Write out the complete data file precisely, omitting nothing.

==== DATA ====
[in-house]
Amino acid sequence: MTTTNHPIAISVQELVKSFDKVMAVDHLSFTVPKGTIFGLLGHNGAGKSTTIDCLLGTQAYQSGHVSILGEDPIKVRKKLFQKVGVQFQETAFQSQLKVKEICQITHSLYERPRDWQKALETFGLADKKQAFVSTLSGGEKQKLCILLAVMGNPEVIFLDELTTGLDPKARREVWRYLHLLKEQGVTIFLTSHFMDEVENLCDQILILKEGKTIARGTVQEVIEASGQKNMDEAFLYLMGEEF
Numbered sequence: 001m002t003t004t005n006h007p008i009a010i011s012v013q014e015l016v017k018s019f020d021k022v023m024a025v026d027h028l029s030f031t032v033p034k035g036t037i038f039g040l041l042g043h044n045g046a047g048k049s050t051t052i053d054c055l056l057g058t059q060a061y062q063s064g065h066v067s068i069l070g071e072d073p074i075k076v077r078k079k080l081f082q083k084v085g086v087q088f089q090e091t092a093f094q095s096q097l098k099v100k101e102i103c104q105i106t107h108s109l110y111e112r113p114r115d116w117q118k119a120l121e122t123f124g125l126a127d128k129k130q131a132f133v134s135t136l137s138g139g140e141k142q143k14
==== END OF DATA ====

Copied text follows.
[in-house]
Amino acid sequence: MTTTNHPIAISVQELVKSFDKVMAVDHLSFTVPKGTIFGLLGHNGAGKSTTIDCLLGTQAYQSGHVSILGEDPIKVRKKLFQKVGVQFQETAFQSQLKVKEICQITHSLYERPRDWQKALETFGLADKKQAFVSTLSGGEKQKLCILLAVMGNPEVIFLDELTTGLDPKARREVWRYLHLLKEQGVTIFLTSHFMDEVENLCDQILILKEGKTIARGTVQEVIEASGQKNMDEAFLYLMGEEF
Numbered sequence: 001m002t003t004t005n006h007p008i009a010i011s012v013q014e015l016v017k018s019f020d021k022v023m024a025v026d027h028l029s030f031t032v033p034k035g036t037i038f039g040l041l042g043h044n045g046a047g048k049s050t051t052i053d054c055l056l057g058t059q060a061y062q063s064g065h066v067s068i069l070g071e072d073p074i075k076v077r078k079k080l081f082q083k084v085g086v087q088f089q090e091t092a093f094q095s096q097l098k099v100k101e102i103c104q105i106t107h108s109l110y111e112r113p114r115d116w117q118k119a120l121e122t123f124g125l126a127d128k129k130q131a132f133v134s135t136l137s138g139g140e141k142q143k14